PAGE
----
A Filipino artist on the strange beauty of sea urchins and anemone

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"Dispersed Among Us (A Family Photo)" by Bree Jonson. Photo courtesy of OUR ARTPROJECTS

Manila (CNN Philippines Life) — In Bree Jonson’s “Writhing,” her second solo show with OUR ArtProjects (OAP) in Kuala Lumpur, Malaysia, held last June, there is a departure from her usual depictions of the wild’s hunter-predators.

Jonson, who graduated with a degree in engineering in 2012, found her way to art only after trying on a few hats. After leaving the engineering world (and everything she knew, pet dogs included) for good — where human workers were treated “as a robotic unit of [the] workforce” — she turned to writing and music.

“I miss them,” she says of the parts of her old life. “But I’ve always felt like I’m that one errant piece in a puzzle.”

She tried out music, performing in a band, and although she still writes from time to time, Jonson finally found solace in painting. “I can hide away for months, and keep all my tribulations private,” she says. “The subject is the work produced, related to me, but it isn't me.”

“Writhing” features a subtle departure from her usual renderings and observations of animals and wildlife, turning her attention to the seabed. Here, Jonson considers sea urchins and anemone, particular creatures of the deep which are seen as beautiful, but can be deadly when provoked. Jonson has produced contained portraits of the seabed in rich and lush oils, some in ink on paper, accompanied by an installation comprised of 50 wooden urchins painted in black, which are scattered across the exhibit space. These pieces in particular serve to recreate the feeling one may get during an encounter with these creatures: panic, an awareness of mortality, and one’s physical distance from these particular dangers.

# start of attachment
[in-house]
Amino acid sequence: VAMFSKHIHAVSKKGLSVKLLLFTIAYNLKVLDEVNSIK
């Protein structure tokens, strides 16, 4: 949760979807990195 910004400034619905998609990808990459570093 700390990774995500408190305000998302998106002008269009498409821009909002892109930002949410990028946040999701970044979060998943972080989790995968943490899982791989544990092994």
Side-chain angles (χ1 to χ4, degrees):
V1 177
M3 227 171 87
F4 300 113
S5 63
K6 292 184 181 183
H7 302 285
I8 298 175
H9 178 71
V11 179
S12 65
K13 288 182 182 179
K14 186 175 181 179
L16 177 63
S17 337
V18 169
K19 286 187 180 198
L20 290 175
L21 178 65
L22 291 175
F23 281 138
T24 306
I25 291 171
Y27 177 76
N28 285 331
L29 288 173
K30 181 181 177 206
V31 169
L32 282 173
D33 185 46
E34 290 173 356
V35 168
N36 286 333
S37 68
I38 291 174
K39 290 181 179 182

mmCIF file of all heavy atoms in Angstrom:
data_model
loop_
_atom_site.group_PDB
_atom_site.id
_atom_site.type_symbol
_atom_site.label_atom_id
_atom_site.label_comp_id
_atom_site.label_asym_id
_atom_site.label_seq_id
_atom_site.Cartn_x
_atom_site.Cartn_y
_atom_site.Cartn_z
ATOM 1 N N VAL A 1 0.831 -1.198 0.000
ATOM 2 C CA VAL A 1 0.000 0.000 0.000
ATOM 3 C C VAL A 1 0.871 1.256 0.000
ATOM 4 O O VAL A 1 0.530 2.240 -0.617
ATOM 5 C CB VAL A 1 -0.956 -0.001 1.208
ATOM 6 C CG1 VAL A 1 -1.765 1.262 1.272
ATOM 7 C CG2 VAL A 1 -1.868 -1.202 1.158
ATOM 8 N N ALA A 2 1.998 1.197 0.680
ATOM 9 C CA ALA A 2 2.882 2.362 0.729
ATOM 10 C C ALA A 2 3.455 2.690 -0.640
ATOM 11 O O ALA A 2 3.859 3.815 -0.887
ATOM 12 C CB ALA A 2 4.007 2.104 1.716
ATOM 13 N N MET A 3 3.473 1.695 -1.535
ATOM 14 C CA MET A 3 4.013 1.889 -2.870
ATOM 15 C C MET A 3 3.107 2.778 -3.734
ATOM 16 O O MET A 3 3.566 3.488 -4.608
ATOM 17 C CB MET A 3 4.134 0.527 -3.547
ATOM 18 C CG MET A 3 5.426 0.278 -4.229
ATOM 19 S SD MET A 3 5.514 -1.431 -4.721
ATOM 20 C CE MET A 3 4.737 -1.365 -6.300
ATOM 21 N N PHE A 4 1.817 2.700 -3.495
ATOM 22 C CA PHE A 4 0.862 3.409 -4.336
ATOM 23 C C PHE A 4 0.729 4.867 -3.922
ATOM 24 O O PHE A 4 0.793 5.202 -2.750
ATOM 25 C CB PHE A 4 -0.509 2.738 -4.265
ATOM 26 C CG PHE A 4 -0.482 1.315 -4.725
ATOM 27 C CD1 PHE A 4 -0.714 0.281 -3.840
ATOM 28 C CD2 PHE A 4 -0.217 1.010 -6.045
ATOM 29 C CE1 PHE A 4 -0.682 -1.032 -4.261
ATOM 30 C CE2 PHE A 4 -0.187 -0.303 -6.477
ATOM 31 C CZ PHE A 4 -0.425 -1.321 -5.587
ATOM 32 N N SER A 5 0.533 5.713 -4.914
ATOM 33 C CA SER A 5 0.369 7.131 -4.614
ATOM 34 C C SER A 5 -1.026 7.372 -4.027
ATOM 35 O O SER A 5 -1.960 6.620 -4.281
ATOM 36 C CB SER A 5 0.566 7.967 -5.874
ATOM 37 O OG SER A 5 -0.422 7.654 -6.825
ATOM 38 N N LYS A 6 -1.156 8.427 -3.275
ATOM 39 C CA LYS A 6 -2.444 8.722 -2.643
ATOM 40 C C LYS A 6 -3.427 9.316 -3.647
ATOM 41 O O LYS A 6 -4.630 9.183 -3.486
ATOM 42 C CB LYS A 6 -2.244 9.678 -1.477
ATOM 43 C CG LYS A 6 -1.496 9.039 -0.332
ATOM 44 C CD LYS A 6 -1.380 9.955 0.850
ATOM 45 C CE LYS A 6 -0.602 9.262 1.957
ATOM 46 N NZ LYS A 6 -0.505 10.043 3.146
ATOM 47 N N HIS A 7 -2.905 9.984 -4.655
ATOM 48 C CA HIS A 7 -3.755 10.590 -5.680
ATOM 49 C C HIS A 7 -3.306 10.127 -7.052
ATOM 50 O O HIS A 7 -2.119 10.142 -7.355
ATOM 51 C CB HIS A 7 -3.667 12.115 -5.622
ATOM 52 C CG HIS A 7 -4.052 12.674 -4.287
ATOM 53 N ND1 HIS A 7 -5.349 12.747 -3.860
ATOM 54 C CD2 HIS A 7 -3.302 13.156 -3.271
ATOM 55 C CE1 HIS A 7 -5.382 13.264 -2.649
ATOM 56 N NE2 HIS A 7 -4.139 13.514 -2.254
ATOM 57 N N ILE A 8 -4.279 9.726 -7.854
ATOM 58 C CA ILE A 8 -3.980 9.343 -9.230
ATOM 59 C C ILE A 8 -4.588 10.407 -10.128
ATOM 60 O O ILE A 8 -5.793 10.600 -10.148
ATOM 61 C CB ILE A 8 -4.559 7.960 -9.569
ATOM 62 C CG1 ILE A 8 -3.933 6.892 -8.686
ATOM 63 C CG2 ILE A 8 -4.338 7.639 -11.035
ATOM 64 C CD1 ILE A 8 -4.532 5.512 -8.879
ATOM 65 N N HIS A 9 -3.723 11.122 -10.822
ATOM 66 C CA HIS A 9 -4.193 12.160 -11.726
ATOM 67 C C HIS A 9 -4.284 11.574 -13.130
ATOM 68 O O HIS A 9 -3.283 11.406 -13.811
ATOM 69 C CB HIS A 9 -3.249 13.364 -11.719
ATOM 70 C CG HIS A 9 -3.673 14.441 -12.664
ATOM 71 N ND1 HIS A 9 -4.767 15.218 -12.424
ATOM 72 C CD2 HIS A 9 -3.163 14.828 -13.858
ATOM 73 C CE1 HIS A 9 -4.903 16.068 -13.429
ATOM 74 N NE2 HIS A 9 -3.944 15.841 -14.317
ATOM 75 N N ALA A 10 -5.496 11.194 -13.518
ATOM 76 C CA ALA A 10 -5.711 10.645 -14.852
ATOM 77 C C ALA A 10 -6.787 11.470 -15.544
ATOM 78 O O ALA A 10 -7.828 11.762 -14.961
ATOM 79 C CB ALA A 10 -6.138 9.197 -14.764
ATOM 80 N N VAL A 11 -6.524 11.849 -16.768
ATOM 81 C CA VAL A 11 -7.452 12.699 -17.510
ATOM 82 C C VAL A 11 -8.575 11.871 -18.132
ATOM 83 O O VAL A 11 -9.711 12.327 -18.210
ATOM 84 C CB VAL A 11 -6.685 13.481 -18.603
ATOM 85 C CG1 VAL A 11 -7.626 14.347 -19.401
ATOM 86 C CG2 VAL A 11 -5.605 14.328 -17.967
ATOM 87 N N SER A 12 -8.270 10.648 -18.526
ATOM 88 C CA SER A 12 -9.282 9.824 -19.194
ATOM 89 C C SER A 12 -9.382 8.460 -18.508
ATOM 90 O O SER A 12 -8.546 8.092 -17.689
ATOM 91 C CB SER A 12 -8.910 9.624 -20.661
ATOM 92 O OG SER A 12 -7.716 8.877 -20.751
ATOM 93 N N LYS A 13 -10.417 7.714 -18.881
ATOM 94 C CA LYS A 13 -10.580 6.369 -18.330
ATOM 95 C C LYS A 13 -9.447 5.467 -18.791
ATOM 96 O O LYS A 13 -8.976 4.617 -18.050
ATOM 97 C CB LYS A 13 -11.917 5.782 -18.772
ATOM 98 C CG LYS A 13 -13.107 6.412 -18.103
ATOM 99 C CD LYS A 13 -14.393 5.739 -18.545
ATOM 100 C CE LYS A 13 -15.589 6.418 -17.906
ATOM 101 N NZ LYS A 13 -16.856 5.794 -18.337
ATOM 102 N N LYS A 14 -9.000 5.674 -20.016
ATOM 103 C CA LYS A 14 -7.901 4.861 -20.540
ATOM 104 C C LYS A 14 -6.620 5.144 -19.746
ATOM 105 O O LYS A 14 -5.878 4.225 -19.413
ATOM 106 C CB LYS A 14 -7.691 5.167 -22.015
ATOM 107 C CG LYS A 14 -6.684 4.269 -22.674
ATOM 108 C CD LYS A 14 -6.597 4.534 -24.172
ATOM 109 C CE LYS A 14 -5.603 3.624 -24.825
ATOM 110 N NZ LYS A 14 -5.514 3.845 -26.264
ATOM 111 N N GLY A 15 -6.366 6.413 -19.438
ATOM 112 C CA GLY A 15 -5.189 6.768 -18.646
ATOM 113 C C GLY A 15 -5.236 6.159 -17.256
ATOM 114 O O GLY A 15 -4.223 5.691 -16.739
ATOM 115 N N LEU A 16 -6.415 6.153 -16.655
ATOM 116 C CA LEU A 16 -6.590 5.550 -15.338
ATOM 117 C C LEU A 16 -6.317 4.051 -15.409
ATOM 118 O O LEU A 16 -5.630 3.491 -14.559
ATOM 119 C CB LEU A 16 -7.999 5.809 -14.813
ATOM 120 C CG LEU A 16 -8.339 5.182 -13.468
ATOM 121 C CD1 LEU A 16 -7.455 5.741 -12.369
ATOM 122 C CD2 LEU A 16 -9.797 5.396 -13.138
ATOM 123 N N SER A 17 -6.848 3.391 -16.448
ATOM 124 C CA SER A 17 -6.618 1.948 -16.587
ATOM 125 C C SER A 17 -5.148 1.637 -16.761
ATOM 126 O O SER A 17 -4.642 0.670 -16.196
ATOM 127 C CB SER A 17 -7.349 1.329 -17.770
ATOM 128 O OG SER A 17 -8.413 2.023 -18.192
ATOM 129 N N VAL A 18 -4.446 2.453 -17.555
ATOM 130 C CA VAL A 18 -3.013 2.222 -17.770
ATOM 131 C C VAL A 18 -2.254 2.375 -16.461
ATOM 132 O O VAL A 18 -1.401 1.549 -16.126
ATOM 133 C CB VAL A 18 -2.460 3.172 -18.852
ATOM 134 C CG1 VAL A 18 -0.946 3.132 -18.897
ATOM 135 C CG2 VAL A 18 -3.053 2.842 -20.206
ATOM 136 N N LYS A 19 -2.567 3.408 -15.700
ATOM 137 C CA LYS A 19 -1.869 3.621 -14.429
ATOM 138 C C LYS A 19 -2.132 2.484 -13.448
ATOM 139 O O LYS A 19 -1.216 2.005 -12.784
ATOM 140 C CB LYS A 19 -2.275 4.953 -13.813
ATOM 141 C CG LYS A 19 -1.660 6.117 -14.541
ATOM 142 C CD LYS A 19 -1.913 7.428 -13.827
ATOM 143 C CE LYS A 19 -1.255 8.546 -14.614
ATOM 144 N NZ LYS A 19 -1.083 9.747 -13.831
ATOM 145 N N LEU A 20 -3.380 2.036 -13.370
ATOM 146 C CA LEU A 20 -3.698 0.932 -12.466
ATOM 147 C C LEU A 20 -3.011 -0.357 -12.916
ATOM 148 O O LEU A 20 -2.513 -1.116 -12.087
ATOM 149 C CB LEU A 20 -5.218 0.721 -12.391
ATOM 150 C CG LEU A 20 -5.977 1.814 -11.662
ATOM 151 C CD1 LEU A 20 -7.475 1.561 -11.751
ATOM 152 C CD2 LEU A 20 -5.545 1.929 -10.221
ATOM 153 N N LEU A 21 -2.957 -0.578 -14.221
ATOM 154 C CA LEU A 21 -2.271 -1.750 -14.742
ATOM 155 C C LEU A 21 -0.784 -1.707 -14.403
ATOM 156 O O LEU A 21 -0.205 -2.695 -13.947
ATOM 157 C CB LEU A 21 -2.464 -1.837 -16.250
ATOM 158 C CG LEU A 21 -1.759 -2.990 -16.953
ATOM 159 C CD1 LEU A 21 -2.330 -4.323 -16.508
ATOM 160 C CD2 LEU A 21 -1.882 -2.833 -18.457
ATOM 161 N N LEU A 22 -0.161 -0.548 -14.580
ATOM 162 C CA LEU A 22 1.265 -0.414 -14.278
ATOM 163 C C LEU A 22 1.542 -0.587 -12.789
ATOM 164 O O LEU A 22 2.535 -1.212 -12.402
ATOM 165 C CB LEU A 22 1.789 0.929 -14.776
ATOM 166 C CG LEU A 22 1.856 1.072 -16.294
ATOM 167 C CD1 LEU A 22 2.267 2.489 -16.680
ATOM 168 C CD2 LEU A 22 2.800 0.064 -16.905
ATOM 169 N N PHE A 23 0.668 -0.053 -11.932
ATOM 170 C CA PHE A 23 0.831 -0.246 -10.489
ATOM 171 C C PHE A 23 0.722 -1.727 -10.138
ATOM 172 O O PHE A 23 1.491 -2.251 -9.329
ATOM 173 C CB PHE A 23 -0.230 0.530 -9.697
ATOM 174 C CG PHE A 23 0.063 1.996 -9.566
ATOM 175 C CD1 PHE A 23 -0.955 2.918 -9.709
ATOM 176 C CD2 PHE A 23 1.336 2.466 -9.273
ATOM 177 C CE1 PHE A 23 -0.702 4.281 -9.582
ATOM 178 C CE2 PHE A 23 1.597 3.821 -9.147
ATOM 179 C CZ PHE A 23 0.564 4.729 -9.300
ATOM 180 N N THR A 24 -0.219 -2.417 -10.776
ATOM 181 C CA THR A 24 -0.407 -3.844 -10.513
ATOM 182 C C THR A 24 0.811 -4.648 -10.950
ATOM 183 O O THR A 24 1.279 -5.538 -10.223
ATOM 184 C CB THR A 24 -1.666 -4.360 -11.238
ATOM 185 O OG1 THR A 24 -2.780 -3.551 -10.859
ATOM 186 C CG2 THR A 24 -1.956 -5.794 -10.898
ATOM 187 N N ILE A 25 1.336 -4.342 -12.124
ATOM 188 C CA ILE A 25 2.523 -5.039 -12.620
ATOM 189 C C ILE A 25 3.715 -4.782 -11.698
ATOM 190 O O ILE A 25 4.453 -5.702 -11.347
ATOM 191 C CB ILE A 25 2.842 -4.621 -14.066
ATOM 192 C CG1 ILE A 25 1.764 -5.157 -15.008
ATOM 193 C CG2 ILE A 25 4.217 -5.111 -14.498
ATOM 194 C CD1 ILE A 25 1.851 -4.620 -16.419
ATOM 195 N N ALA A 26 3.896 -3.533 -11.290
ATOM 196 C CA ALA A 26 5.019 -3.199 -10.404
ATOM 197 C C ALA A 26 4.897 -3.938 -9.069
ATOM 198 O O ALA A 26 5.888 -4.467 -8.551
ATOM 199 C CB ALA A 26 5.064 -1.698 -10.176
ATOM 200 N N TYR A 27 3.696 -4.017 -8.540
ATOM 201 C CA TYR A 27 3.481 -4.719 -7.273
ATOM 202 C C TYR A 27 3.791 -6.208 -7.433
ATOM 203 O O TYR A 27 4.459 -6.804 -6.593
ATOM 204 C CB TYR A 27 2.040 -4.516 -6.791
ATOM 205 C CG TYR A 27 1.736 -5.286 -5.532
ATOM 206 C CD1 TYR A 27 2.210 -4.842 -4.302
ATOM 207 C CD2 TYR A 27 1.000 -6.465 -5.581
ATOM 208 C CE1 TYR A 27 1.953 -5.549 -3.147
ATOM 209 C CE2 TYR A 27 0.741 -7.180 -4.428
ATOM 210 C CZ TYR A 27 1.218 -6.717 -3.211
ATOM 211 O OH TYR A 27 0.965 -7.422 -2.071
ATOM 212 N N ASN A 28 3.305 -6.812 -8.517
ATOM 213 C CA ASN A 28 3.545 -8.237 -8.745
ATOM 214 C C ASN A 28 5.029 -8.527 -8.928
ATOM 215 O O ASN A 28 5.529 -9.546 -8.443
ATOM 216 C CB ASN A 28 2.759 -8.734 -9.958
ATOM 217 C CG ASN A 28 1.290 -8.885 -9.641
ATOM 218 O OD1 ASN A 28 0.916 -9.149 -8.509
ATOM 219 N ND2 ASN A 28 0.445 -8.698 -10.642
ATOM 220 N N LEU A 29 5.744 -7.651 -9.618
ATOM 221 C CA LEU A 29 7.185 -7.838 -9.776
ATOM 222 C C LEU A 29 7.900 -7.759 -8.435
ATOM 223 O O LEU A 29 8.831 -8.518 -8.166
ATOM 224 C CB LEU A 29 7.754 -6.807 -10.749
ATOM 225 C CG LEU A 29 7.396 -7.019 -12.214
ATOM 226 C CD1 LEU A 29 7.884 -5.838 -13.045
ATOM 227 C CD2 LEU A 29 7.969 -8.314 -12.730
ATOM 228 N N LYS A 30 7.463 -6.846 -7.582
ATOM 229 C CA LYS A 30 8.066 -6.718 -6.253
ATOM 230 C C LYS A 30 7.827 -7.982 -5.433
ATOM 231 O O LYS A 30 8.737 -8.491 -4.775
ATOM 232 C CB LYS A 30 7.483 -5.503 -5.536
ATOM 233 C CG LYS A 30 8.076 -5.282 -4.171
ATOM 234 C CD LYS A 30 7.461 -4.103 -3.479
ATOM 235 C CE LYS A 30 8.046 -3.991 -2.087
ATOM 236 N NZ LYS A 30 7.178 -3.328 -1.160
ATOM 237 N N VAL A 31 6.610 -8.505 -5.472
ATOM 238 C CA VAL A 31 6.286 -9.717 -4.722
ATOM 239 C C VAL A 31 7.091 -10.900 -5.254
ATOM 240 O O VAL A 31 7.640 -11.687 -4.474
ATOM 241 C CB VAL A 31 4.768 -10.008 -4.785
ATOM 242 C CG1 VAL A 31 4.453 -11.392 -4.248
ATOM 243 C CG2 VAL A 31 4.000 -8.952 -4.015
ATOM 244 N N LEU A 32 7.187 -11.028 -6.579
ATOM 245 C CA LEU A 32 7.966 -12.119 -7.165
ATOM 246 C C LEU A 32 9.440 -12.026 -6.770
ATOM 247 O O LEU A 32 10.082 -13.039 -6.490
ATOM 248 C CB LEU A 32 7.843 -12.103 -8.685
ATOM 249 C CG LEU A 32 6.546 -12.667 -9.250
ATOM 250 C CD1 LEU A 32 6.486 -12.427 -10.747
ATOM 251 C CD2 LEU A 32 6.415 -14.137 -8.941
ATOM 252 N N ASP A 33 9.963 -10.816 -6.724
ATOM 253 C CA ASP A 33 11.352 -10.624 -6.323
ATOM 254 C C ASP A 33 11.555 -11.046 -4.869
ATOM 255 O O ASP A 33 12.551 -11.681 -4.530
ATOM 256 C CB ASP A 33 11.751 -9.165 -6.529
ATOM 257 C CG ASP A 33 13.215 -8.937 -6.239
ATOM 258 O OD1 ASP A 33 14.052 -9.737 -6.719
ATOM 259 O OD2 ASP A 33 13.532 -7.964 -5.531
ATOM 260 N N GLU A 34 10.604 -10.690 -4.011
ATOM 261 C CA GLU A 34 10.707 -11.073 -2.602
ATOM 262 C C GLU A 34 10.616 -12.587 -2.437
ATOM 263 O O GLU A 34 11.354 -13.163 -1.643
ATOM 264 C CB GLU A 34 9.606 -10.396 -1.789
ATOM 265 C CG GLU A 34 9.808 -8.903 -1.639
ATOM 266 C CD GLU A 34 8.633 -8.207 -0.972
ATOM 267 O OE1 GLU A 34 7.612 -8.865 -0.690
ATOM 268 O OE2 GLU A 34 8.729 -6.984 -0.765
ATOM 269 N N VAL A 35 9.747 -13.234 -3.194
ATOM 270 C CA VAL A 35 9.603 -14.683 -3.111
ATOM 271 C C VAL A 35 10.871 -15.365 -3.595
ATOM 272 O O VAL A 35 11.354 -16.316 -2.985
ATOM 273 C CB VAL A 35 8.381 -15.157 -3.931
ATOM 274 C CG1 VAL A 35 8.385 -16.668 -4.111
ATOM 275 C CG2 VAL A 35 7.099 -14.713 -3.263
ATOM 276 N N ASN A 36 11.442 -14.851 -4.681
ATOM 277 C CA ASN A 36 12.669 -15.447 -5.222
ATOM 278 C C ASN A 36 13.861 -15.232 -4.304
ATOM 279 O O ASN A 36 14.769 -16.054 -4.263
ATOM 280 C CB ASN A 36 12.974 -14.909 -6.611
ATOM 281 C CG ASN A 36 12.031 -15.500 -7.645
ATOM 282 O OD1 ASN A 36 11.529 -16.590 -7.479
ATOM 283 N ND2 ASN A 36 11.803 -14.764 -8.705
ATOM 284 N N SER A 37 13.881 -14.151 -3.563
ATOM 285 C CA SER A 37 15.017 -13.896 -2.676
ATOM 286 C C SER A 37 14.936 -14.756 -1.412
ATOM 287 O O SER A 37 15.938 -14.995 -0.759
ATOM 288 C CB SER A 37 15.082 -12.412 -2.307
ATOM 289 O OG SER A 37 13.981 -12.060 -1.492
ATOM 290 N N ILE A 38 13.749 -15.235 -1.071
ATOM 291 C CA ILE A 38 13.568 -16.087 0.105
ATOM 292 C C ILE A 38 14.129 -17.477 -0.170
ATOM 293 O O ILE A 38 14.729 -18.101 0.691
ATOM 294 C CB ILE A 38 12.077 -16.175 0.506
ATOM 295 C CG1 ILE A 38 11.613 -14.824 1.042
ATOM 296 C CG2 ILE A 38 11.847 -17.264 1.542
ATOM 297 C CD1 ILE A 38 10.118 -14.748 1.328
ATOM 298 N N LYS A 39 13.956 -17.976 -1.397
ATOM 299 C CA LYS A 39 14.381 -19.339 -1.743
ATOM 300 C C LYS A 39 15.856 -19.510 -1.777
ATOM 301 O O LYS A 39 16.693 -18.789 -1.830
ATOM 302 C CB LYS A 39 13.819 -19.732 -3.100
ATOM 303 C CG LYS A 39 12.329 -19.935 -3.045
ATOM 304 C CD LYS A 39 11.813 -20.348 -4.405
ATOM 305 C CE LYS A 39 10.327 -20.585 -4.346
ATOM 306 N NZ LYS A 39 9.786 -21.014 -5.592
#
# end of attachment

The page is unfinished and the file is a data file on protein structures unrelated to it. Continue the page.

The Red Queen Bree Jonson "The Red Queen" by Bree Jonson. Photo courtesy of OUR ARTPROJECTS  

As can be expected from Jonson, her animal subjects serve as mirrors of the human condition, but takes care to not anthropomorphize them, choosing instead to portray them as naturalistic as possible. Her job, it seems, is to make these connections between wildlife and man, to help the viewer cross the bridge with her.

“The conversation of the whole show is founded on the concepts of alienization of the human nude, and of the dichotomy of human feminine as both beautiful, yet deadly, predator and prey,” Jonson says.

In her construction of her pieces, Jonson recalls the inherent qualities of these animals. Of the wooden urchins, she says, “[They] look like steel, but they aren’t; they look dangerous, and they are, but they’re also fragile.”

Writhing by Bree Jonson Fifty wooden sea urchins accompany Bree Jonson's paintings in "Writhing." Photo courtesy of OUR ARTPROJECTS  

Reading Aesop’s fables at four years old made it clear to Jonson that the animals in the stories always stood in place of something or someone, which is how she’s learned to process life. “I’ve come to apply that sort of thinking to everything around me,” she says, “that everything can be taken as a metaphor for something more personally profound.”